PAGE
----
for amounts underneath the deductible on large deductible policies and for structured settlements
without a release from the claimant.
If property and casualty insurance company registrants are
obligated to estimate the payout of gross liabilities as stated on the balance sheet, we believe that
additional technical guidance would be needed on each of these issues.
There is one technical issue that remains under our suggested approach.
To the extent property and
casualty insurance liabilities do have future payments that are reasonably fixed and determinable,
discounting is allowed.
Future payments will include the “unwinding” of that discount.
Therefore, in
order to properly estimate future payments, net liabilities should be grossed up to include the discount
amount and that grossed-up amount should be included in the future payment table.
We have provided a mock-up of our suggested disclosure, in the event that the SEC believes additional
disclosure is necessary.
We hope these comments are useful to the SEC and are available to discuss
these issues.
Thank you for your consideration.
Sincerely,
Nancy Watkins, FCAS, MAAA
Chairperson, Committee on Property and Liability Financial Reporting
cc:
Mr. Jonathan G. Katz
Secretary
Securities and Exchange Commission
Mr. Scott Taub
Deputy Chief Accountant
Securities and Exchange Commission
Hon. William H. Donaldson
January 24, 2005
Page 3 of 3
LOSS DEVELOPMENT TABLE
PROPERTY AND CASUALTY CLAIM AND CLAIM ADJUSTMENT EXPENSE LIABILITY DEVELOPMENT -
NET OF REINSURANCE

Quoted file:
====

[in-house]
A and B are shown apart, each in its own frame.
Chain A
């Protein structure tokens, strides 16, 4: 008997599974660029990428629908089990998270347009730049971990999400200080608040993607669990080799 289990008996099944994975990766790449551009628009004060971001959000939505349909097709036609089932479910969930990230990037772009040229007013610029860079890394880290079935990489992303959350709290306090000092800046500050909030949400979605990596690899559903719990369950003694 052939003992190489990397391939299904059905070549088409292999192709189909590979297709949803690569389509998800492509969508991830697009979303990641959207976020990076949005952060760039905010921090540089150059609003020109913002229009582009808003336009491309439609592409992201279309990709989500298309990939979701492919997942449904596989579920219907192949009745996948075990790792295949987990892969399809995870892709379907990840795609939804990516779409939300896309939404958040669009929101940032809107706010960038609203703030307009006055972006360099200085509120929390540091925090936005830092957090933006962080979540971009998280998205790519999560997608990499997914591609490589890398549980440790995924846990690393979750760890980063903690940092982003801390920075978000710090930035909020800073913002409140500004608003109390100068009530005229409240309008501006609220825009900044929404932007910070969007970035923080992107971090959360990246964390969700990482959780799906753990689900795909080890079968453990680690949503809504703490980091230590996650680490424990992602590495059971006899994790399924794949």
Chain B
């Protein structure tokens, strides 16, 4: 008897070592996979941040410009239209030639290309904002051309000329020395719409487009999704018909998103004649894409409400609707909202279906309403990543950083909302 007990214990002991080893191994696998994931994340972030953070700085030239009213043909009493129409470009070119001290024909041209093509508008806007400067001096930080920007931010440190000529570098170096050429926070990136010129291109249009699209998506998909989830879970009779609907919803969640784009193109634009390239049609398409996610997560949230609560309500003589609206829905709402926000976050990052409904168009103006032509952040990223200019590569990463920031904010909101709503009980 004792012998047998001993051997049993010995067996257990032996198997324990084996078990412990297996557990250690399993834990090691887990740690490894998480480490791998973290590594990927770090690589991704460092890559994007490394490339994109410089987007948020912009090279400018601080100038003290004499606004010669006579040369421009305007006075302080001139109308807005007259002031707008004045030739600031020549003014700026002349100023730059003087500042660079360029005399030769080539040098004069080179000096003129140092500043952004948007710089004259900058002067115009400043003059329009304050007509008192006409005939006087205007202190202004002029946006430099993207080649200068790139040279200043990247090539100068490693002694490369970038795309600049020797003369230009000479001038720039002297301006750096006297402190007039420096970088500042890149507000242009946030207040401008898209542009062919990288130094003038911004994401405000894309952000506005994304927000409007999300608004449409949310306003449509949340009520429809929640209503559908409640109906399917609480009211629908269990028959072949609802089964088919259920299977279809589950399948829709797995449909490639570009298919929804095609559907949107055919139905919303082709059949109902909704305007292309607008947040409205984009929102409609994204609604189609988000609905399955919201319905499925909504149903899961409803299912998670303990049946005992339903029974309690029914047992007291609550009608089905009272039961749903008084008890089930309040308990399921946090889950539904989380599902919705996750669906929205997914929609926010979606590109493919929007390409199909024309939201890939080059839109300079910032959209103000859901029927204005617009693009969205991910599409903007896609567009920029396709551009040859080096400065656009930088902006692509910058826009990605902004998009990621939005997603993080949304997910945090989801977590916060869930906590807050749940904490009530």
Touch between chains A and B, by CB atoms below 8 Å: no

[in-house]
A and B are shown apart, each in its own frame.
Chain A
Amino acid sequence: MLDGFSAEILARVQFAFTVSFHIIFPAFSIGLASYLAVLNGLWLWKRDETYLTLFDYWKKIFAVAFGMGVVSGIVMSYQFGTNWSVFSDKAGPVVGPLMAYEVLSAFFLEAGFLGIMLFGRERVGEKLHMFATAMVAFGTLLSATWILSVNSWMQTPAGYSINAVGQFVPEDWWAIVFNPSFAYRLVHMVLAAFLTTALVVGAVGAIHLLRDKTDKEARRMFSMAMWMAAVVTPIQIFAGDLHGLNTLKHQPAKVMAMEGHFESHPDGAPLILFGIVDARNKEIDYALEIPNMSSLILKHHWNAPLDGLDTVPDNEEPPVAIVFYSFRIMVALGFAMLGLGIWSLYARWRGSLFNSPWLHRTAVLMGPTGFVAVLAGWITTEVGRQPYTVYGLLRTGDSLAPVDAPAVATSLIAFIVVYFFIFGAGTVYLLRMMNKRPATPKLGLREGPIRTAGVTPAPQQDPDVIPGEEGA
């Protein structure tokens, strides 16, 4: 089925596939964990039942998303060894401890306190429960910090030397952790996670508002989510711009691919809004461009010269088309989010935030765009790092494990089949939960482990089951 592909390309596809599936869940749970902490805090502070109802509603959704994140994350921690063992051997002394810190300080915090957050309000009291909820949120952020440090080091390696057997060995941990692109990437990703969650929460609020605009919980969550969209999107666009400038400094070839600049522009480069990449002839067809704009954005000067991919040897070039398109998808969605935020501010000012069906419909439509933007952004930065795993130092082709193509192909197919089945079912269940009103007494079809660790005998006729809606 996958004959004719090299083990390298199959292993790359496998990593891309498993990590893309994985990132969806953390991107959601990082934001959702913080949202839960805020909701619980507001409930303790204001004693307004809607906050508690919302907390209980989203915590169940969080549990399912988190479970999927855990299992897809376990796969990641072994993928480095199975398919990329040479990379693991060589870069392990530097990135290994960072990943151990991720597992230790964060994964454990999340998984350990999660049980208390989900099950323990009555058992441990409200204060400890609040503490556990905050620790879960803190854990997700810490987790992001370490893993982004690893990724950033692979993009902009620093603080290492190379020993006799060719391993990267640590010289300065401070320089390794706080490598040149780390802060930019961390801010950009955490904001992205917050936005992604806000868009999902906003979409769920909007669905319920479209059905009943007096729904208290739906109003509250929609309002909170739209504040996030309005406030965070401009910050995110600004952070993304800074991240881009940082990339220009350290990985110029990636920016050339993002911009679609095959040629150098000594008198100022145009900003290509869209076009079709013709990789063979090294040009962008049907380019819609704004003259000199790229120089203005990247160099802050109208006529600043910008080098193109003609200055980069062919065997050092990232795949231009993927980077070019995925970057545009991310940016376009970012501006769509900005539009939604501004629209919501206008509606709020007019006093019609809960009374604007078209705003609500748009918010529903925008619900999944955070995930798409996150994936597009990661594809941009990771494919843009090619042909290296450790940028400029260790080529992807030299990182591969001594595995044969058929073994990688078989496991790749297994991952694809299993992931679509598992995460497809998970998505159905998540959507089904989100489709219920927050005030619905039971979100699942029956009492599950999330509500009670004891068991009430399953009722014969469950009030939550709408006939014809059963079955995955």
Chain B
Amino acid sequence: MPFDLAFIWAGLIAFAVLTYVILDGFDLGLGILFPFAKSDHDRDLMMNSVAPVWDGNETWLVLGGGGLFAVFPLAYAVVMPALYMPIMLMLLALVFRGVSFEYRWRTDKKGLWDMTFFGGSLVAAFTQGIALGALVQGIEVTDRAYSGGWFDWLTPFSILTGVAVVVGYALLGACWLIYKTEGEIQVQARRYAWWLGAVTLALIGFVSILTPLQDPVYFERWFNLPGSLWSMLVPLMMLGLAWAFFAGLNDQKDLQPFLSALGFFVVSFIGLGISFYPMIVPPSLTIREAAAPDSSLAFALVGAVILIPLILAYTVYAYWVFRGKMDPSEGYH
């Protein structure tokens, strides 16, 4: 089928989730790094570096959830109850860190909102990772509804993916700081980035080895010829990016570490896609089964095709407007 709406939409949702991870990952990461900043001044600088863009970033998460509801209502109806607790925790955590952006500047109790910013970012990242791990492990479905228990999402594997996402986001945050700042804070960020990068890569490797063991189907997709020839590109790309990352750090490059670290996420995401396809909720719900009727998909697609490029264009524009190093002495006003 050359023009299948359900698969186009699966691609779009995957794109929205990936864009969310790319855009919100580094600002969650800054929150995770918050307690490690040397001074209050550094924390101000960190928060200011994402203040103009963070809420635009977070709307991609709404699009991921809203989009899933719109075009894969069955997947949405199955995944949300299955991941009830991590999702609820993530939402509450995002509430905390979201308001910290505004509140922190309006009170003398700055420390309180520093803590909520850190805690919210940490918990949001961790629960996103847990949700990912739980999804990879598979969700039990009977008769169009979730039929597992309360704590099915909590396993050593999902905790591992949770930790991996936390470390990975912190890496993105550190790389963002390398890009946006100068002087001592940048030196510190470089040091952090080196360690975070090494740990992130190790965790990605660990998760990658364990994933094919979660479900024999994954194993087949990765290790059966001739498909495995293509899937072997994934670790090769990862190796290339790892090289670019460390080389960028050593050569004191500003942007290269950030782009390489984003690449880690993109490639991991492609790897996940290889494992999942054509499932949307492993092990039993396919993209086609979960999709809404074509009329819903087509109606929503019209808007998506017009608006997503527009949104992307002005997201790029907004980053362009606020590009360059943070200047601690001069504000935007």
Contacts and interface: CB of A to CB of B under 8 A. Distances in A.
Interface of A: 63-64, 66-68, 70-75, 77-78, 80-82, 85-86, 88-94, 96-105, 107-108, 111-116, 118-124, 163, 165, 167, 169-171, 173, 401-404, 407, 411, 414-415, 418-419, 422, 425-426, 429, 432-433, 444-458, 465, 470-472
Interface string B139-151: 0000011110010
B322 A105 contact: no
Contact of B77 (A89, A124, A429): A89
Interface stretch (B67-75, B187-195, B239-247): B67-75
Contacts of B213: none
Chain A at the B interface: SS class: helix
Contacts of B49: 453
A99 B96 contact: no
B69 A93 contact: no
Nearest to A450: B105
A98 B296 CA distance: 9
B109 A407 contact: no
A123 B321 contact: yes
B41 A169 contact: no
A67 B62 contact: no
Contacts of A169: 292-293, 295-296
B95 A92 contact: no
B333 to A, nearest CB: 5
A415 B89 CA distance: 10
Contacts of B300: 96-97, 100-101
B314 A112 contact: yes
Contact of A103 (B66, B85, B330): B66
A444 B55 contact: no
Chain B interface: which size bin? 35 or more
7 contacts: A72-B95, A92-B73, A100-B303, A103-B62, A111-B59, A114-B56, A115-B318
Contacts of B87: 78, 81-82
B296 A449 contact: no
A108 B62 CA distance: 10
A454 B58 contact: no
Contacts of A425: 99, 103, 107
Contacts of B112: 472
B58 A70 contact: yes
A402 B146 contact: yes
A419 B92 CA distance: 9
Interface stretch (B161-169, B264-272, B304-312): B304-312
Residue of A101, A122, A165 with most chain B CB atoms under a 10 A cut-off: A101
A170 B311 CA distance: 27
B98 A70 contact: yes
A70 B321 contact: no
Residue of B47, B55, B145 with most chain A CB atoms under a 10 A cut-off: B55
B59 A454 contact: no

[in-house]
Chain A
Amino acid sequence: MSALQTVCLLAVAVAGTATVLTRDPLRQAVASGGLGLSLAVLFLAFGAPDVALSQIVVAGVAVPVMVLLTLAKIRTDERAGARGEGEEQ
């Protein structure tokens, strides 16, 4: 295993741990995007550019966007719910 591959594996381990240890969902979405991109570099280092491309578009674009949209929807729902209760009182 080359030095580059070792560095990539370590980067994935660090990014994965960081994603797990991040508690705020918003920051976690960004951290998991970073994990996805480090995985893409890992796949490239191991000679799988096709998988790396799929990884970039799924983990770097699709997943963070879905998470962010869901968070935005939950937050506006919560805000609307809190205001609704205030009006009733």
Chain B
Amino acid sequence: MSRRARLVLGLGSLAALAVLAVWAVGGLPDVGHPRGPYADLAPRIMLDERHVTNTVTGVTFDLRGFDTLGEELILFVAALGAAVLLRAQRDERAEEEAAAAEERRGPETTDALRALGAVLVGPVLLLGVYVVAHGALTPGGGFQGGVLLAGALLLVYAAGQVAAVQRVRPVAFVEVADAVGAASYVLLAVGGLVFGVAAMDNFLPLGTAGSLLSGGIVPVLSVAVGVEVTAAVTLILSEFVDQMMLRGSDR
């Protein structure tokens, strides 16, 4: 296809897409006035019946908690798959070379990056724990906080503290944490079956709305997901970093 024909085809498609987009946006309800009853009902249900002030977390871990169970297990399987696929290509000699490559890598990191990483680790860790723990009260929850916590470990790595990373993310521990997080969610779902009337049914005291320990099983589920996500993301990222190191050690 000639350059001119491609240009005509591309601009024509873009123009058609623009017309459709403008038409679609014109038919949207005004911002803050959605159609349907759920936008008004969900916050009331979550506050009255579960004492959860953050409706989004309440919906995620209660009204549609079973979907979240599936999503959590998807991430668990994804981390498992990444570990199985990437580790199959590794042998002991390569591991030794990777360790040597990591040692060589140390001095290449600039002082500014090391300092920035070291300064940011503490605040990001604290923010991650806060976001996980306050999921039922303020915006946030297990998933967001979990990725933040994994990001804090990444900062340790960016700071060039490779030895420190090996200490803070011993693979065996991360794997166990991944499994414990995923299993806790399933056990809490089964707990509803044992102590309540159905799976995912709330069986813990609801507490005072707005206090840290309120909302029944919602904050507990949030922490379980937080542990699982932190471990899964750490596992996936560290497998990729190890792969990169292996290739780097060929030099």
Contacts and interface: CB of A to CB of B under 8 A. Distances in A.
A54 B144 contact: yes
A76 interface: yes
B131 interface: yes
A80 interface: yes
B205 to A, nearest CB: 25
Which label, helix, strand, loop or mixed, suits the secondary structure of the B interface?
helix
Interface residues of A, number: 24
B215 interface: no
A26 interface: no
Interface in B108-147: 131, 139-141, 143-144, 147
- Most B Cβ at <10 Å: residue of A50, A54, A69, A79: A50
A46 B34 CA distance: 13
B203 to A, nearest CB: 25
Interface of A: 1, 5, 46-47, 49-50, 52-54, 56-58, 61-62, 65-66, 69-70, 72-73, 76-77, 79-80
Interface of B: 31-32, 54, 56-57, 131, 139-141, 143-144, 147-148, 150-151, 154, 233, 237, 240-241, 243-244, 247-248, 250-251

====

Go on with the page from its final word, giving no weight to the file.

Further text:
FOR THE YEARS ENDED DECEMBER 31
1993
1994
1995
1996
1997
1998
1999
2000
2001
2002
2003
Liabilities for unpaid claims and
claim adjustment expenses, net of
reinsurance
7,500
7,500
7,700
8,500
8,500
8,600
8,300
8,200
8,600
8,800
9,000
CUMULATIVE PAID CLAIMS AND CLAIM EXPENSES
One year later
1,700
1,800
1,600
1,800
1,600
2,000
2,000
2,200
2,200
2,300
Two years later
2,900
2,800
2,800
2,800
2,900
3,200
3,300
3,500
3,700
Three years later
3,600
3,600
3,500
3,700
3,700
4,100
4,300
4,600
Four years later
4,200
4,200
4,200
4,300
4,300
4,800
5,100
Five years later
4,600
4,800
4,600
4,800
4,800
5,400
Six years later
5,100
5,100
5,100
5,200
5,400
Seven years later
5,400
5,500
5,400
5,700
Eight years later
5,800
5,900
5,900
Nine years later
6,100
6,200
Ten years later
6,500
Net Liabilities
9,000
Estimated Future Payout
Discount
300
TOTAL < 1 Year1-3 Years3-5 Years >5 yrs
Net Liabilities
Undiscounted
9,300
9,300
2,000
3,000
2,000
2,300
LIABILITIES REESTIMATED
One year later
7,500
7,700
8,400
8,500
8,400
8,400
8,300
8,300
8,800
9,200
Two years later
7,700
8,500
8,400
8,400
8,200
8,400
8,400
8,500
9,200
Three years later
8,500
8,500
8,400
8,300
8,100
8,400
8,500
8,200
Four years later
8,500
8,500
8,300
8,300
8,100
8,400
8,200
Five years later
8,600
8,500
8,300
8,200
8,100
8,200
Six years later
8,500
8,500
8,300
8,200
8,200
Seven years later
8,600
8,500
8,300
8,200
Eight years later
8,600
8,500
8,200
Nine years later
8,600
8,200
Ten years later
8,200
DEFICIENCY (REDUNDANCY), NET OF
REINSURANCE
700
700
500
(300)
(300)
(400)
(100)
-
600
400